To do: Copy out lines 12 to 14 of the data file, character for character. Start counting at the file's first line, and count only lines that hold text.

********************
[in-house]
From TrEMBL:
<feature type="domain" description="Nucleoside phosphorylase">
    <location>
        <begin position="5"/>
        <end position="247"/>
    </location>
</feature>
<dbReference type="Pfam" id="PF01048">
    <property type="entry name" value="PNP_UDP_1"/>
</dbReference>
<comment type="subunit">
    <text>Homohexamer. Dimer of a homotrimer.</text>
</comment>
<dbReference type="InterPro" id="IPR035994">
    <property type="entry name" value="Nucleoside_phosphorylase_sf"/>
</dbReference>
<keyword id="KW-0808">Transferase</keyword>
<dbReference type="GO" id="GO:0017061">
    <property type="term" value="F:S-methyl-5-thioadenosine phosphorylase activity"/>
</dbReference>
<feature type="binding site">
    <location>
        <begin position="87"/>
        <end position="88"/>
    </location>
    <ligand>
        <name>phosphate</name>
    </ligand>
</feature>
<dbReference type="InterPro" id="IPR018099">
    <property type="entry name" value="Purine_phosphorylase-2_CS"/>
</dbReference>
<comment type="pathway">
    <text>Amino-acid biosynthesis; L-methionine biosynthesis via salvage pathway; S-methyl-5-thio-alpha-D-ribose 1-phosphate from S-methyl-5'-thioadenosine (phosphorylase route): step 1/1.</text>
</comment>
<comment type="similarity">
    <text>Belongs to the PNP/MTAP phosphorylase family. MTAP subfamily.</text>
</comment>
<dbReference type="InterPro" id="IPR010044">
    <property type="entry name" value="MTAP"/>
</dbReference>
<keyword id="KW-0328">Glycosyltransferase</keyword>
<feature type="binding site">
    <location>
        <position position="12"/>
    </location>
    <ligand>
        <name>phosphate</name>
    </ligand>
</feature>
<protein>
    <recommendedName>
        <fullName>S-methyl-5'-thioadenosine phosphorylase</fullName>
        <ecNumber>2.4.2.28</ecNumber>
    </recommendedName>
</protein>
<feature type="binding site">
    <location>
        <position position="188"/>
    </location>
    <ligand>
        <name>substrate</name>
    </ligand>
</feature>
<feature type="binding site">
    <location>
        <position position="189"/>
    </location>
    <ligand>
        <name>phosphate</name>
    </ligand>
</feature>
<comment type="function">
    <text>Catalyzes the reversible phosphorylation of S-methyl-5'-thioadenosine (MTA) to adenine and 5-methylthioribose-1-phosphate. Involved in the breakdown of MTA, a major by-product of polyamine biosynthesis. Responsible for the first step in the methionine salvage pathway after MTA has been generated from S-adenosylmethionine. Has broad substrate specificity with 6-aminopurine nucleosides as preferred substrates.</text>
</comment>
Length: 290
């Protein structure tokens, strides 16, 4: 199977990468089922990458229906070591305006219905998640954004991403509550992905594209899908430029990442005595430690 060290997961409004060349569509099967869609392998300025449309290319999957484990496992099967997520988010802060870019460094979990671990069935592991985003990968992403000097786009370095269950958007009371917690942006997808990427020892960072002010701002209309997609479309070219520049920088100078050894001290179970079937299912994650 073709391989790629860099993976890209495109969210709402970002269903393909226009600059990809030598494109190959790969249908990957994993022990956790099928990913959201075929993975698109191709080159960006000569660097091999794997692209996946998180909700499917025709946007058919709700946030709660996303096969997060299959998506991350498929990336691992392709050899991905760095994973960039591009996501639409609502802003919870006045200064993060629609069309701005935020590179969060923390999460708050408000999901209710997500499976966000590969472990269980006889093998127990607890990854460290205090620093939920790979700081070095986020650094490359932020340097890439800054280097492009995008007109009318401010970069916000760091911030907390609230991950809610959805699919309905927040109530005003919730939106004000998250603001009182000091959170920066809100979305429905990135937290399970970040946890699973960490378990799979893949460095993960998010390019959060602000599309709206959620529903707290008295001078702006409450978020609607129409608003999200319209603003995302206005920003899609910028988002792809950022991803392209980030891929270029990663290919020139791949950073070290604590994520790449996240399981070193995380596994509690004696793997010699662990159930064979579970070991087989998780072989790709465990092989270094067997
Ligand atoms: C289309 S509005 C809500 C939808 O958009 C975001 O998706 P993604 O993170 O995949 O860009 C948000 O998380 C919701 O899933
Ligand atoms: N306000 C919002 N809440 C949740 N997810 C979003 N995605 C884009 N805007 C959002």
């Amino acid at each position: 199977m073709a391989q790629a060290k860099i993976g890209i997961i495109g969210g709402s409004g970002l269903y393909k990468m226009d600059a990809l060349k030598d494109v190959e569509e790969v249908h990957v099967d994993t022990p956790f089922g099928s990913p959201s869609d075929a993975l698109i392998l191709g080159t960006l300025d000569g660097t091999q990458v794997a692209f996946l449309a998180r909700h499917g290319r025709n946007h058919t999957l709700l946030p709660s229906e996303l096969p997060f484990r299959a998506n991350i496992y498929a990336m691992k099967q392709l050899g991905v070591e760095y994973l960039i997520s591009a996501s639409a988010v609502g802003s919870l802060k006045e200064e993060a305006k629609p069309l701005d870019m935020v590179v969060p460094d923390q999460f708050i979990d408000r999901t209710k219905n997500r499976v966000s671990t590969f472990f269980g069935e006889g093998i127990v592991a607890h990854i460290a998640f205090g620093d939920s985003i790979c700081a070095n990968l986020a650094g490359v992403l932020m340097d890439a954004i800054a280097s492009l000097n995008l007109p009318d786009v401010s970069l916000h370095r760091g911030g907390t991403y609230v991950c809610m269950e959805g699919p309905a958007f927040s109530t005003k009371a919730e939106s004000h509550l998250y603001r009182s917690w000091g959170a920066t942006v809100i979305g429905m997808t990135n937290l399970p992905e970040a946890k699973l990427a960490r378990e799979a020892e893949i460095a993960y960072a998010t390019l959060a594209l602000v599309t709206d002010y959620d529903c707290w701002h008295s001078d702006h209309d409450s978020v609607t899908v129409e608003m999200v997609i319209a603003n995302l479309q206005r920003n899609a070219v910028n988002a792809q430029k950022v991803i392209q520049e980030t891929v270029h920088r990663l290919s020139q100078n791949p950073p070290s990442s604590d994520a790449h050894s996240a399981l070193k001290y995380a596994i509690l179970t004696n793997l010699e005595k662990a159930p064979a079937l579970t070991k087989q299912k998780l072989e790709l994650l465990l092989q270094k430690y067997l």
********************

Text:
<comment type="subunit">
    <text>Homohexamer. Dimer of a homotrimer.</text>
</comment>